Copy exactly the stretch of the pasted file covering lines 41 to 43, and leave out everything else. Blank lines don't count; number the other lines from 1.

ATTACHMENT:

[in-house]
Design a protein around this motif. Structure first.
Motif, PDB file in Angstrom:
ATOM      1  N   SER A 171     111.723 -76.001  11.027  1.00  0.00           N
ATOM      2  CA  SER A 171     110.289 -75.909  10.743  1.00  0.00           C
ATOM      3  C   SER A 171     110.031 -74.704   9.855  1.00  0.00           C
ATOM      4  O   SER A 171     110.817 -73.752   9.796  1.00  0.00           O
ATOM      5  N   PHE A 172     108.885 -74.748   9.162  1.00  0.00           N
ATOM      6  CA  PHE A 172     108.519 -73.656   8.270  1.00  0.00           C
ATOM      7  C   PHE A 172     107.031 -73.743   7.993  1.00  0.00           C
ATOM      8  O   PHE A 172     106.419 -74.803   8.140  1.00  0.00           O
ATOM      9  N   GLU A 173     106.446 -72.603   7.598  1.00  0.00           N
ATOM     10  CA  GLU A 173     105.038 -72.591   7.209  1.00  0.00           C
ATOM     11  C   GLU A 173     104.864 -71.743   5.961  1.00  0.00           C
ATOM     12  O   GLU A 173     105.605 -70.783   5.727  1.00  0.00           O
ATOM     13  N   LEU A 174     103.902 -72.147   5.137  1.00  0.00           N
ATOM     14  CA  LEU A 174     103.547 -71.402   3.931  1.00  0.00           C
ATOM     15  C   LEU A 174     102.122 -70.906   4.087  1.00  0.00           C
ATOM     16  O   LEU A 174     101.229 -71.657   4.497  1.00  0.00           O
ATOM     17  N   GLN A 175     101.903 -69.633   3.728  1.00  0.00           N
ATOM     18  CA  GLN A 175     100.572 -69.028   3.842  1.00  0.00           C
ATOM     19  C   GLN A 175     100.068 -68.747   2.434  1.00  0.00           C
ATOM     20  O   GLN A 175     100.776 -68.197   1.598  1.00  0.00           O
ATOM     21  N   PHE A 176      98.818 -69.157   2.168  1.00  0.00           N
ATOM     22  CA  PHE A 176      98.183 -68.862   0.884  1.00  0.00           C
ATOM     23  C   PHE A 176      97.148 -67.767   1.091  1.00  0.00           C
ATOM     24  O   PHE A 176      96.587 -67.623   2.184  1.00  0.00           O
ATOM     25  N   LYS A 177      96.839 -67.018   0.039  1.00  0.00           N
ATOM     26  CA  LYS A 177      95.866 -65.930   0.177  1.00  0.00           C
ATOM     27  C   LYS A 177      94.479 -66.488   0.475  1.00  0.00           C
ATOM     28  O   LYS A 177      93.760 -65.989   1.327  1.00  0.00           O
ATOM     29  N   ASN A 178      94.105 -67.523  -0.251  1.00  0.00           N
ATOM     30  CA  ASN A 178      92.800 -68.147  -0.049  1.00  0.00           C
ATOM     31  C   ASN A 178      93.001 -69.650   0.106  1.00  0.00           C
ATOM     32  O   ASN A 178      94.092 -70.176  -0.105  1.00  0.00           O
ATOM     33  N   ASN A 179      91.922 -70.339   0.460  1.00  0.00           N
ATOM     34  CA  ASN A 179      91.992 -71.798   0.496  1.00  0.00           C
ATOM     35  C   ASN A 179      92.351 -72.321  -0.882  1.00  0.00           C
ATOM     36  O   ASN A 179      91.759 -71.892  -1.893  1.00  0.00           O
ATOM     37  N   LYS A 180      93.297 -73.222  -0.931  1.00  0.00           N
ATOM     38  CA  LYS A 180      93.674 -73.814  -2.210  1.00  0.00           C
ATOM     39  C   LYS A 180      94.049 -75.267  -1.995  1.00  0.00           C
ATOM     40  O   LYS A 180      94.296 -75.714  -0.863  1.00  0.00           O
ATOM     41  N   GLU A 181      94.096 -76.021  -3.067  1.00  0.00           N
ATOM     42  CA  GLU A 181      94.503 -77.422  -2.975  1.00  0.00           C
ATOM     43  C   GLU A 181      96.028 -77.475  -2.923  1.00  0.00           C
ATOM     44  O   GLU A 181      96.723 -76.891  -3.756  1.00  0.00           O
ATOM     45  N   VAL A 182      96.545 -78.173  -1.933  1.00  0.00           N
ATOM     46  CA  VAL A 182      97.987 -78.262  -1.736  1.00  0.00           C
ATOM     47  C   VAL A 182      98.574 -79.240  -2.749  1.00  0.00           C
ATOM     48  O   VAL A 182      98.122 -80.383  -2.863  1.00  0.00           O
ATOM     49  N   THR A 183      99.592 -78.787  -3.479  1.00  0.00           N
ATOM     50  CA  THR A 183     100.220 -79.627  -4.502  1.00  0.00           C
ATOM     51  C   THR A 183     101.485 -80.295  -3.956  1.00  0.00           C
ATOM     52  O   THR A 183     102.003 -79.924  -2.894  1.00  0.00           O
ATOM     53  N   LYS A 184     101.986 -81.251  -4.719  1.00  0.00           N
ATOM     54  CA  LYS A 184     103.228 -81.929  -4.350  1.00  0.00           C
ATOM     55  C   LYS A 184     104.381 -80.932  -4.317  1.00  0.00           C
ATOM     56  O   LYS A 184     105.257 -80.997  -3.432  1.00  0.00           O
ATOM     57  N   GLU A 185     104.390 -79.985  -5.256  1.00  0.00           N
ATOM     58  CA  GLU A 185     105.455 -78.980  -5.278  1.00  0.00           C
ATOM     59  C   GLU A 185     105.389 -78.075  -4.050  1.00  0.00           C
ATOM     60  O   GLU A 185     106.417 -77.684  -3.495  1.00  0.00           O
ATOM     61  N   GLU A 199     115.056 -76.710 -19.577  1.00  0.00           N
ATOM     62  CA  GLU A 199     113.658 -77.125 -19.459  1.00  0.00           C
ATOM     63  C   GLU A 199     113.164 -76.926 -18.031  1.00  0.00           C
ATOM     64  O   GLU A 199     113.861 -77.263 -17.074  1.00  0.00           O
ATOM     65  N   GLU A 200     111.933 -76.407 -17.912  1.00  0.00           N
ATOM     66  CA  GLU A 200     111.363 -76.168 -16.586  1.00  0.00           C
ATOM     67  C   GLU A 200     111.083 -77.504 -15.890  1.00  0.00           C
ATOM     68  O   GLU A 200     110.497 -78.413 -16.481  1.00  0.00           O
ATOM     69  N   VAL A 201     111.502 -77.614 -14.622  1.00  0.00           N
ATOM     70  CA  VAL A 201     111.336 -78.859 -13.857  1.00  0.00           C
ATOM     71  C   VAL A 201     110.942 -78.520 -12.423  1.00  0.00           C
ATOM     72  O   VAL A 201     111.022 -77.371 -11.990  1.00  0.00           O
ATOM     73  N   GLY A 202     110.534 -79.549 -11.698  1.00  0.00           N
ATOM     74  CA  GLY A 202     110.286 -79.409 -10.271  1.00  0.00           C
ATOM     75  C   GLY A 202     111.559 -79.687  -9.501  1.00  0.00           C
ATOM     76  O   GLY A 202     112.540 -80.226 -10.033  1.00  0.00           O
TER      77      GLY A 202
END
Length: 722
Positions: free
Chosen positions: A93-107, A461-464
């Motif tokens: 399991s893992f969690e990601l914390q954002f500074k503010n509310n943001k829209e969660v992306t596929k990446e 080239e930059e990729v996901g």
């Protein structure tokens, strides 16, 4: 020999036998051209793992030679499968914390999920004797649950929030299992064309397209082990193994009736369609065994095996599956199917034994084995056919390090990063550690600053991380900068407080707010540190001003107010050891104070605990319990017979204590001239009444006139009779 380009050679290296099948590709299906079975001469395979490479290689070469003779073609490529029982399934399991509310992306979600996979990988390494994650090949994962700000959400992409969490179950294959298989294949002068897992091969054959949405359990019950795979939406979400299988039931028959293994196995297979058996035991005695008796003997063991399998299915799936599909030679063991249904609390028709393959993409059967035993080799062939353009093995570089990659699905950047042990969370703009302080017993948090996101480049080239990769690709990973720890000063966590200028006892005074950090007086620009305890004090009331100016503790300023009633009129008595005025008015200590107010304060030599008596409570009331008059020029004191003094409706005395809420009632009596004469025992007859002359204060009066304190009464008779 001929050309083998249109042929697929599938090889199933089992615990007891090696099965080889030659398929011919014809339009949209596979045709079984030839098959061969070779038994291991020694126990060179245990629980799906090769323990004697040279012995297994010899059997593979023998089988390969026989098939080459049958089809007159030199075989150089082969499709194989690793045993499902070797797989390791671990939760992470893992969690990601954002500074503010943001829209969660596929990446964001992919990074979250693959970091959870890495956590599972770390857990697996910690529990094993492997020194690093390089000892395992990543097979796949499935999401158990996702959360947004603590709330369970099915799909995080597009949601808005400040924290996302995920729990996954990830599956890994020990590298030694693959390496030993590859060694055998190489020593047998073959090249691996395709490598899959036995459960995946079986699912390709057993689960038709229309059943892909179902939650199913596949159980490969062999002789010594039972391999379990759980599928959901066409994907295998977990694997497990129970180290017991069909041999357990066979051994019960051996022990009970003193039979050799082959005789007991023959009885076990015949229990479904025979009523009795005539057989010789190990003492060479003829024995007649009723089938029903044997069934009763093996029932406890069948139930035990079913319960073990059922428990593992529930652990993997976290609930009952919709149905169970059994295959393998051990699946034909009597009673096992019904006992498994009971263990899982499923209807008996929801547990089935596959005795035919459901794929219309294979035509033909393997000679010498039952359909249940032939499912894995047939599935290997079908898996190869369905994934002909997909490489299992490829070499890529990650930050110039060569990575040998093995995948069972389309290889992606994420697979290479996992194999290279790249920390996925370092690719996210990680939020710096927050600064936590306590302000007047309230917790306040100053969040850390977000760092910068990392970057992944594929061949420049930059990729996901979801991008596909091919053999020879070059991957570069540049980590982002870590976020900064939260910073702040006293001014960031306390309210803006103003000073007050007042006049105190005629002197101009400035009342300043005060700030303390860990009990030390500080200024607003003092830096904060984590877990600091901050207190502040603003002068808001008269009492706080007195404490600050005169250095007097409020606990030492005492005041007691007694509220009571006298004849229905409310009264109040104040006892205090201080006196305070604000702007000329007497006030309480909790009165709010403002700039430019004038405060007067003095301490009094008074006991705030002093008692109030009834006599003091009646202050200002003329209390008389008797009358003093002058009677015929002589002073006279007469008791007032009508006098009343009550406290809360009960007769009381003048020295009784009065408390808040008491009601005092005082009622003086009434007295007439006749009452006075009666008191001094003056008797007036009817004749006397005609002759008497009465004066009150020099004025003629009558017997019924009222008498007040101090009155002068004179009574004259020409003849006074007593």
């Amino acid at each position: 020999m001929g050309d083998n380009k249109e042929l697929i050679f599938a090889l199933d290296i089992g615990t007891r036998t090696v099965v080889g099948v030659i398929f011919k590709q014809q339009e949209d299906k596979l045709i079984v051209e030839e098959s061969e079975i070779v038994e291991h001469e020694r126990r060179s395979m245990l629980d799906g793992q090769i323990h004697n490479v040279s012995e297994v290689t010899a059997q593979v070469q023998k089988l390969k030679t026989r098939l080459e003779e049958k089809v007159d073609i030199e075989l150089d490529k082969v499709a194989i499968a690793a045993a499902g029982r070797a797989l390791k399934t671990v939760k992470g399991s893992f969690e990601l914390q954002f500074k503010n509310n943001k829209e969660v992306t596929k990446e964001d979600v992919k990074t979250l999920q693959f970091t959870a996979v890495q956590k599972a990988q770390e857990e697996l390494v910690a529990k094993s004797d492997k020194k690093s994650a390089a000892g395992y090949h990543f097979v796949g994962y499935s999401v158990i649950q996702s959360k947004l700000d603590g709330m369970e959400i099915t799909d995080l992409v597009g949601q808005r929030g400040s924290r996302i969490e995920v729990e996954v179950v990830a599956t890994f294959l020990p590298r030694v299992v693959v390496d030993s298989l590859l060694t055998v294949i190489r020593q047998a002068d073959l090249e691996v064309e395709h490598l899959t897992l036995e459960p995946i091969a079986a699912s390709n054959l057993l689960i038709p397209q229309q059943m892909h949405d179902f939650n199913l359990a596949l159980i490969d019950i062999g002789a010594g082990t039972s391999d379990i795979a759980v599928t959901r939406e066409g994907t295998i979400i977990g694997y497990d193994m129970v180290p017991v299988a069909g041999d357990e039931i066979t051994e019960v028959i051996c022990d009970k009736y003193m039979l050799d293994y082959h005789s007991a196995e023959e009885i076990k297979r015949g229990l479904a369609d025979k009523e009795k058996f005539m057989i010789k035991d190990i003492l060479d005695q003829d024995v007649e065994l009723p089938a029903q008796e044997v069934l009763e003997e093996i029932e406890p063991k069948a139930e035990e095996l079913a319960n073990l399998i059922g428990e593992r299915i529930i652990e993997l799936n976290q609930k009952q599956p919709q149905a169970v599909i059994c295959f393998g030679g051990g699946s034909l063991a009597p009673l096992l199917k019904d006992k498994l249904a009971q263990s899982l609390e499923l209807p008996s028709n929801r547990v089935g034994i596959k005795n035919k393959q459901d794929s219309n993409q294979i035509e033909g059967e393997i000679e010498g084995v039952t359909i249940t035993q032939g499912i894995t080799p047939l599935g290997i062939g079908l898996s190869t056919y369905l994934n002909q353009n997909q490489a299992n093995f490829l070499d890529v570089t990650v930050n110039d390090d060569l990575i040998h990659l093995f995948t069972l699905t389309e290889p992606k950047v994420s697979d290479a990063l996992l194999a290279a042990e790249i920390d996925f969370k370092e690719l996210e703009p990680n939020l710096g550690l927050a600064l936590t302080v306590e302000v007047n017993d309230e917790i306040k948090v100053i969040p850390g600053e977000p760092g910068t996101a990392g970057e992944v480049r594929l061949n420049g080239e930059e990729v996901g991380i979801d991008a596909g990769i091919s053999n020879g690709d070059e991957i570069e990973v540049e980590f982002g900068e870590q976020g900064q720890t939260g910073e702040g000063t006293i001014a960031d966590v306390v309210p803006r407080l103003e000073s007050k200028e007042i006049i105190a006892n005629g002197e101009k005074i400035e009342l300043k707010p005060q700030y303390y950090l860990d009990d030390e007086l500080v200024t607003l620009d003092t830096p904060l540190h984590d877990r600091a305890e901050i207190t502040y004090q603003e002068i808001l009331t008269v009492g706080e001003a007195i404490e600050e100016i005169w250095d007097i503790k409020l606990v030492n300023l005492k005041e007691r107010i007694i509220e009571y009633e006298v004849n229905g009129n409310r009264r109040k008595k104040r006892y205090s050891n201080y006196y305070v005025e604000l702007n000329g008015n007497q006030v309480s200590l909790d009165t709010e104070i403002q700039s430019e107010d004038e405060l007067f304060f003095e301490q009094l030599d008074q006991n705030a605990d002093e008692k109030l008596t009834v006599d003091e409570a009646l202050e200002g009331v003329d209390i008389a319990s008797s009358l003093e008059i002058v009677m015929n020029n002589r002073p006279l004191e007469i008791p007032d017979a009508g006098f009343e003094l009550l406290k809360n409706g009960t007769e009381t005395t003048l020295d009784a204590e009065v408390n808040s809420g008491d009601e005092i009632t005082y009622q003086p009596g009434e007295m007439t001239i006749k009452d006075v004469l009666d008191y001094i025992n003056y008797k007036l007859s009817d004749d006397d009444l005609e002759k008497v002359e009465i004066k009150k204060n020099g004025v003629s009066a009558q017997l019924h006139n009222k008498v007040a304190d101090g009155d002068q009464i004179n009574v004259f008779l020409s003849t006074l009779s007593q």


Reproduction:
ATOM     38  CA  LYS A 180      93.674 -73.814  -2.210  1.00  0.00           C
ATOM     39  C   LYS A 180      94.049 -75.267  -1.995  1.00  0.00           C
ATOM     40  O   LYS A 180      94.296 -75.714  -0.863  1.00  0.00           O